Skip to Main Content
Response of the engraver beetle, Ipsperturbatus, to semiochemicals in white spruce stands of interior Alaska.Author(s): Richard A. Werner
Source: Res. Pap. PNW-RP-465. Portland, OR: U.S. Department of Agricuiture, Forest Service, Pacific Northwest Research Station. 9 p
Publication Series: Research Paper (RP)
Station: Pacific Northwest Research Station
View PDF (581 KB)
DescriptionField tests on the efficacy of various scolytid bark beetle pheromones to attract Ipsperturbatus (Eichhoff) were conducted from 1977 through 1992 in stands of white spruce (Picea glauca (Moench) Voss) in interior Alaska. Several pheromones attracted high numbers of L. perturbatus and species of the predator Thanasimus to baited funnel traps. Test results also indicated that attacks by I. perturbatus may be deterred by certain semiochemicals.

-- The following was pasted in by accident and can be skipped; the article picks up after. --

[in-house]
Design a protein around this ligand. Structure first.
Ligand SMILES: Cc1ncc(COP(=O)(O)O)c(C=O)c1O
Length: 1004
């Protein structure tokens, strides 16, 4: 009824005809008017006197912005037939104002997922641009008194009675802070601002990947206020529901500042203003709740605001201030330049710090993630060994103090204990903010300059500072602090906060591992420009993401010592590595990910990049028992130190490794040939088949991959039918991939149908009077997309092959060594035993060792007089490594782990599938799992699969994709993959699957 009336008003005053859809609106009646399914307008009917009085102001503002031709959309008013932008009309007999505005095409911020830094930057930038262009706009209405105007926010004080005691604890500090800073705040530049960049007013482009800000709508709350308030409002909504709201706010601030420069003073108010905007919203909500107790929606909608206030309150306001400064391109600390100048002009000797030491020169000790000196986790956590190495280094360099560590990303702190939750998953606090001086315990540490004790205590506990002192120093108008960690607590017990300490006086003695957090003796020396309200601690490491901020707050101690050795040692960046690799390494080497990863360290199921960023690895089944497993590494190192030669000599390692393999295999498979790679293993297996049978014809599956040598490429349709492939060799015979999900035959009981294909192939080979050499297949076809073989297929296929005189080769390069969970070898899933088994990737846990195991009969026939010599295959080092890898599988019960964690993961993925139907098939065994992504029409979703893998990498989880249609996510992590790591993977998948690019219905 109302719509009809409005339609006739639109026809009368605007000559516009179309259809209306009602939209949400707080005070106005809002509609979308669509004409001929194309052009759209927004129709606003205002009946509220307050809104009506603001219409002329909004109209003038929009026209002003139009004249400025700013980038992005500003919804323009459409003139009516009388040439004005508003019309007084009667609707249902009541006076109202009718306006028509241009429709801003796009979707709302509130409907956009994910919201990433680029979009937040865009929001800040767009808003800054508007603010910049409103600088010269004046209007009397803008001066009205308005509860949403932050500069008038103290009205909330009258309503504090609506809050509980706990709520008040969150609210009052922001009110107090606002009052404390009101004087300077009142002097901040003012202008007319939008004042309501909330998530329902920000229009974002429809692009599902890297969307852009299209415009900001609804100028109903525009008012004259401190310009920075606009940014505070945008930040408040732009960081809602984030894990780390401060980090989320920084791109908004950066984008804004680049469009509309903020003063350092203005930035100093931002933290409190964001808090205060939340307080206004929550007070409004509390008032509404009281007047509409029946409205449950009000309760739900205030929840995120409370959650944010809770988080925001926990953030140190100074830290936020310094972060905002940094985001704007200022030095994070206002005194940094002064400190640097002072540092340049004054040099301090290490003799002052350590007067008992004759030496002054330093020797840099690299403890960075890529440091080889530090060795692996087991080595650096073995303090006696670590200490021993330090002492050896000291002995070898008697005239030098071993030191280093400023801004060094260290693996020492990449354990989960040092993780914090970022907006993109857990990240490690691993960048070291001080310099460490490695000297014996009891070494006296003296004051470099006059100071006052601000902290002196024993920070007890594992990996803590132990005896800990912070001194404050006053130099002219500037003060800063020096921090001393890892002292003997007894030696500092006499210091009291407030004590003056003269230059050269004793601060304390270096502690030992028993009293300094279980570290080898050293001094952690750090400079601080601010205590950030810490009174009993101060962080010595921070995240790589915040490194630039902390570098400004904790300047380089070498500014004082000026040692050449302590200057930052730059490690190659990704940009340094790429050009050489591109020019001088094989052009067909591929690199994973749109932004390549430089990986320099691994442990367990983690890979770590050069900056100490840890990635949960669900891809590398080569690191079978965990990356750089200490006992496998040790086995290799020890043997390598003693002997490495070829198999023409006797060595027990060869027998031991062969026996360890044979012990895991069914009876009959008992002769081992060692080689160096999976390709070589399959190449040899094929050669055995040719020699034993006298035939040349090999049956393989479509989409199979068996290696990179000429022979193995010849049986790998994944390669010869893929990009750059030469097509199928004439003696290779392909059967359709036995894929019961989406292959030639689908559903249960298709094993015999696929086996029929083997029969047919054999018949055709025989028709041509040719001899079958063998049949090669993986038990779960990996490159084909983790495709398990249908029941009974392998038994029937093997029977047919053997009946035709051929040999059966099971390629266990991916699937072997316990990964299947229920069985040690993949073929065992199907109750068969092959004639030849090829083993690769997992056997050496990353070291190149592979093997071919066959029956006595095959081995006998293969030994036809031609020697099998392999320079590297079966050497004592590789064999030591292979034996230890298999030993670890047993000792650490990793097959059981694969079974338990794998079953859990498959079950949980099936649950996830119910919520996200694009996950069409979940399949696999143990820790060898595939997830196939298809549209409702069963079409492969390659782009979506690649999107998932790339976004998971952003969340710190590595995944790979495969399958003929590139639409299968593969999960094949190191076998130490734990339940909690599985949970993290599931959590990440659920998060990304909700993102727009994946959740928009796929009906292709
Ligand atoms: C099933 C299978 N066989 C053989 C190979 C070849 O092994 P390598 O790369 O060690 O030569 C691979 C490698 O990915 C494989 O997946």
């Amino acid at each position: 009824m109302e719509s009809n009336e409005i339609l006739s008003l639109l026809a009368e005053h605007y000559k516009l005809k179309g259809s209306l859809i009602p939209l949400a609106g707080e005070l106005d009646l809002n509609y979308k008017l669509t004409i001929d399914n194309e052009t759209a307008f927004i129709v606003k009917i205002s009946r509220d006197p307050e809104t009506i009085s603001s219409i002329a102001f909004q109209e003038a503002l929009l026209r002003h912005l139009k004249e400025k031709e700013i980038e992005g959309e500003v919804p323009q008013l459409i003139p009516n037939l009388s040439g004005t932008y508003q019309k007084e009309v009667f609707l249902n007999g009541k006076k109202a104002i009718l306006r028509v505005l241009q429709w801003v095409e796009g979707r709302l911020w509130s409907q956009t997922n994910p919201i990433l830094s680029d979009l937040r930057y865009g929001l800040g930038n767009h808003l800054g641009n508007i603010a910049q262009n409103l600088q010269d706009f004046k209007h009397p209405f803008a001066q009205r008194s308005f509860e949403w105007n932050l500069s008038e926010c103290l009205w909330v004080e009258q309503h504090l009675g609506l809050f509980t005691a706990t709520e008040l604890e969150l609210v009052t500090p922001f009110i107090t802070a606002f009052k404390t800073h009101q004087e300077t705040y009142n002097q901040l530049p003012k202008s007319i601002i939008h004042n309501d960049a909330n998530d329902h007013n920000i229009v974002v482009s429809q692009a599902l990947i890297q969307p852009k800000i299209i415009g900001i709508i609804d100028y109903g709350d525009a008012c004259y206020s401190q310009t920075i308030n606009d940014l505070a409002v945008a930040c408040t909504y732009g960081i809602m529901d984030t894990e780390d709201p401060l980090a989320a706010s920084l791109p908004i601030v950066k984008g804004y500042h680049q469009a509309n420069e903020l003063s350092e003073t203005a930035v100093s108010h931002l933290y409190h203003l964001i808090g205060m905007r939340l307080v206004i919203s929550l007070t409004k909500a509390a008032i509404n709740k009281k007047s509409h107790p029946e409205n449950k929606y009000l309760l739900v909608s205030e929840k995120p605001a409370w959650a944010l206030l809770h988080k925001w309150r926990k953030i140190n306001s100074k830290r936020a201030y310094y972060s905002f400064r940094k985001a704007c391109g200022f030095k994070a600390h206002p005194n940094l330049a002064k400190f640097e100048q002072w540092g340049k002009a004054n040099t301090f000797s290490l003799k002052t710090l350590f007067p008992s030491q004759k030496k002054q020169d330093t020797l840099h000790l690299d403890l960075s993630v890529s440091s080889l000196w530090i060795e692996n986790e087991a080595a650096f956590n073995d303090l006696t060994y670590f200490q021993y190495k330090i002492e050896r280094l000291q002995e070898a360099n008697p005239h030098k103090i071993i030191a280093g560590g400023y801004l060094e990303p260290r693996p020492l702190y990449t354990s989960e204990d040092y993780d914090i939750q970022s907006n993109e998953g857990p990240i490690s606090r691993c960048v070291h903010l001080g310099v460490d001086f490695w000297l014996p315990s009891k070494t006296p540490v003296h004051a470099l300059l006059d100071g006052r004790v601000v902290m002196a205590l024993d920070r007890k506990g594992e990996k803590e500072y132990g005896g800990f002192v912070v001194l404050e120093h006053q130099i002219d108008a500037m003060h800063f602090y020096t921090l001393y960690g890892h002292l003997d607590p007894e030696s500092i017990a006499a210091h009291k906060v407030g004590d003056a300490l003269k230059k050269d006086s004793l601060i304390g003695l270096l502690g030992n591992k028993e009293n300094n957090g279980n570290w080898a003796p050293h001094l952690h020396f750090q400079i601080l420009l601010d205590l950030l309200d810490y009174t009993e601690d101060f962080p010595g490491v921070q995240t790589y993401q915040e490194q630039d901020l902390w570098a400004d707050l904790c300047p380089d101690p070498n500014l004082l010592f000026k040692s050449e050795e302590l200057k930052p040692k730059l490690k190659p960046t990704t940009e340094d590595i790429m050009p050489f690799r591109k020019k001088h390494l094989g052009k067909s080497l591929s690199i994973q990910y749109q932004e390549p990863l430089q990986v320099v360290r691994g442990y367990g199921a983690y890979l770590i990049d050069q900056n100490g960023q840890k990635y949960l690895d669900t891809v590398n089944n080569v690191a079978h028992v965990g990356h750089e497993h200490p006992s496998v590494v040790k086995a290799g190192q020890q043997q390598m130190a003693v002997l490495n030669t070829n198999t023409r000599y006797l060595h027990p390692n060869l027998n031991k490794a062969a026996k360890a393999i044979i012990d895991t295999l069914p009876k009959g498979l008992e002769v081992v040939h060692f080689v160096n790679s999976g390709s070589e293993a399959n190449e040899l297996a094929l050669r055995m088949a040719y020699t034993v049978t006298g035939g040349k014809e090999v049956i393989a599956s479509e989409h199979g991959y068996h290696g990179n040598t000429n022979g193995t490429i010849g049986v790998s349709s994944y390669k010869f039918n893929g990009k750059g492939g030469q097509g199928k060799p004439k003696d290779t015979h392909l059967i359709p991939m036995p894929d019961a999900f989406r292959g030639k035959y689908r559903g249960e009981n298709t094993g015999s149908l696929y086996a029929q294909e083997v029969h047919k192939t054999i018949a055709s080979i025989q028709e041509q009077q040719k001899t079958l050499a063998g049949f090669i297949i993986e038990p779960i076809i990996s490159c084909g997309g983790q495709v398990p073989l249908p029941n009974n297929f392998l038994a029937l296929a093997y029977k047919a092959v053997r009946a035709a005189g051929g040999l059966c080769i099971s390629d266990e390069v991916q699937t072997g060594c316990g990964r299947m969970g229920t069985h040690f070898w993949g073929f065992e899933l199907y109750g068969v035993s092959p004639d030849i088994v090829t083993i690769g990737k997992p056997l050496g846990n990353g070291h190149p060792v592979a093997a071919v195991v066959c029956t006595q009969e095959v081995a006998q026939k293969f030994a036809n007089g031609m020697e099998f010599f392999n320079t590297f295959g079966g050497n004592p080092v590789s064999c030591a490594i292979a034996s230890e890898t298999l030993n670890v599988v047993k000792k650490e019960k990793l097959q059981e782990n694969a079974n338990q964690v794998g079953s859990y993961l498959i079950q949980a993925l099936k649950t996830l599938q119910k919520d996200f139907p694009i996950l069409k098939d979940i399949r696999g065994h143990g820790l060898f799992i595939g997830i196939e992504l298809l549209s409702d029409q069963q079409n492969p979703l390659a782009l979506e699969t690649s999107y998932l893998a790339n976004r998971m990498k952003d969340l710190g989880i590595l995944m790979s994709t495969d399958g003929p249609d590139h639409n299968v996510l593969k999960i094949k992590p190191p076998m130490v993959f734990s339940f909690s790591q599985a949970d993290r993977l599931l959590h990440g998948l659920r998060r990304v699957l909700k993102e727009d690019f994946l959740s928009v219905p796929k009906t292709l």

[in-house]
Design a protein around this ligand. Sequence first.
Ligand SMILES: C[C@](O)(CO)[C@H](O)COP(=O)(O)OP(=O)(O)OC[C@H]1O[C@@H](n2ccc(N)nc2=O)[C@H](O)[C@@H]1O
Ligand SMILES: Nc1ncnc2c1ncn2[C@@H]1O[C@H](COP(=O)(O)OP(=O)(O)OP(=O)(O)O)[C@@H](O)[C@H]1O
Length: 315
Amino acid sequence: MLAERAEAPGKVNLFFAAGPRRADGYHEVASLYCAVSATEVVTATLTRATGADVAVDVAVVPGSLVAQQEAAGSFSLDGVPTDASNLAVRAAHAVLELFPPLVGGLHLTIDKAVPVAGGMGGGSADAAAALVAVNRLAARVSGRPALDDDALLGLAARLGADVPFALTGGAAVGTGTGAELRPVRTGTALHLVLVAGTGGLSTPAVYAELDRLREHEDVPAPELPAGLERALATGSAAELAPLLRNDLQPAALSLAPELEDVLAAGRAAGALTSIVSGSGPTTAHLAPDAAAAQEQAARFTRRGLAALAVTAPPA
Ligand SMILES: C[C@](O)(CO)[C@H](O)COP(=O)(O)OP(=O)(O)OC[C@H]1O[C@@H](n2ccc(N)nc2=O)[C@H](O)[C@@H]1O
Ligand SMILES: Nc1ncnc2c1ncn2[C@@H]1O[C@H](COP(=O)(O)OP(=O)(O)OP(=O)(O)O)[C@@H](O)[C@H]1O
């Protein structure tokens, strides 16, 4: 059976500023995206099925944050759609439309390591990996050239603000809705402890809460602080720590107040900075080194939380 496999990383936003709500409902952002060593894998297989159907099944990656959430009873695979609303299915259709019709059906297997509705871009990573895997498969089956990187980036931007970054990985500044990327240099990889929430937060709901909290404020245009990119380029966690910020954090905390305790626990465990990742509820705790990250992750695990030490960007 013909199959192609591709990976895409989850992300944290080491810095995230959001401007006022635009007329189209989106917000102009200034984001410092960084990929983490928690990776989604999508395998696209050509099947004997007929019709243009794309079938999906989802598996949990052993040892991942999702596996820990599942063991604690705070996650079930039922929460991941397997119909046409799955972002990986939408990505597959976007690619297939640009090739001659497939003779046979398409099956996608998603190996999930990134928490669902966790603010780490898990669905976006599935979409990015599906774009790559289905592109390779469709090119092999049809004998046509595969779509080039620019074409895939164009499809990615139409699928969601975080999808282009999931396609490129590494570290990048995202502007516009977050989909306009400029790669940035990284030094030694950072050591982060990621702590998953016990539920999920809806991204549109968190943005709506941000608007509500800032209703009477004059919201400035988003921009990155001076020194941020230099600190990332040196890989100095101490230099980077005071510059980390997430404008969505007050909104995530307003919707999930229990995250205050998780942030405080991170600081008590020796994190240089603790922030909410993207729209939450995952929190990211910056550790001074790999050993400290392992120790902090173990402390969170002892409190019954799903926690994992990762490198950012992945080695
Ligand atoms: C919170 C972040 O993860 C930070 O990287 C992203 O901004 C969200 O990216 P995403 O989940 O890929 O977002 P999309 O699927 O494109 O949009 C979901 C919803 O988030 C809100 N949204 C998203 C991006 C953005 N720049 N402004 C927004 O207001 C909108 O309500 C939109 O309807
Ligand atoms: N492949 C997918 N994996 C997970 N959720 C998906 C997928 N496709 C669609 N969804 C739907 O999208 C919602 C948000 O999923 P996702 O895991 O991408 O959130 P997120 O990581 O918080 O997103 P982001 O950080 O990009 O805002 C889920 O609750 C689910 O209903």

- You may send email to firstname.lastname@example.org to request a hard copy of this publication.
- (Please specify exactly which publication you are requesting and your mailing address.)
CitationWerner, Richard A. 1993. Response of the engraver beetle, Ipsperturbatus, to semiochemicals in white spruce stands of interior Alaska. Res. Pap. PNW-RP-465. Portland, OR: U.S. Department of Agricuiture, Forest Service, Pacific Northwest Research Station. 9 p
KeywordsBark beetles, Ips perturbatus, semiochemicals, pheromones, aggregation pheromones, antiaggregation pheromones, insect management, white spruce, Picea glauca, Alaska (interior)
- Dispersal of white spruce seed on Willow Island in interior Alaska.
- Effect of ecosystem disturbance on diversity of bark and wood-boring beetles (Coleoptera: Scolytidae, Buprestidae, Cerambycidae) in white spruce (Picea glauca (Moench) Voss) ecosystems of Alaska.
- Factors influencing northern spruce engraver colonization of white spruce slash in interior Alaska
XML: View XML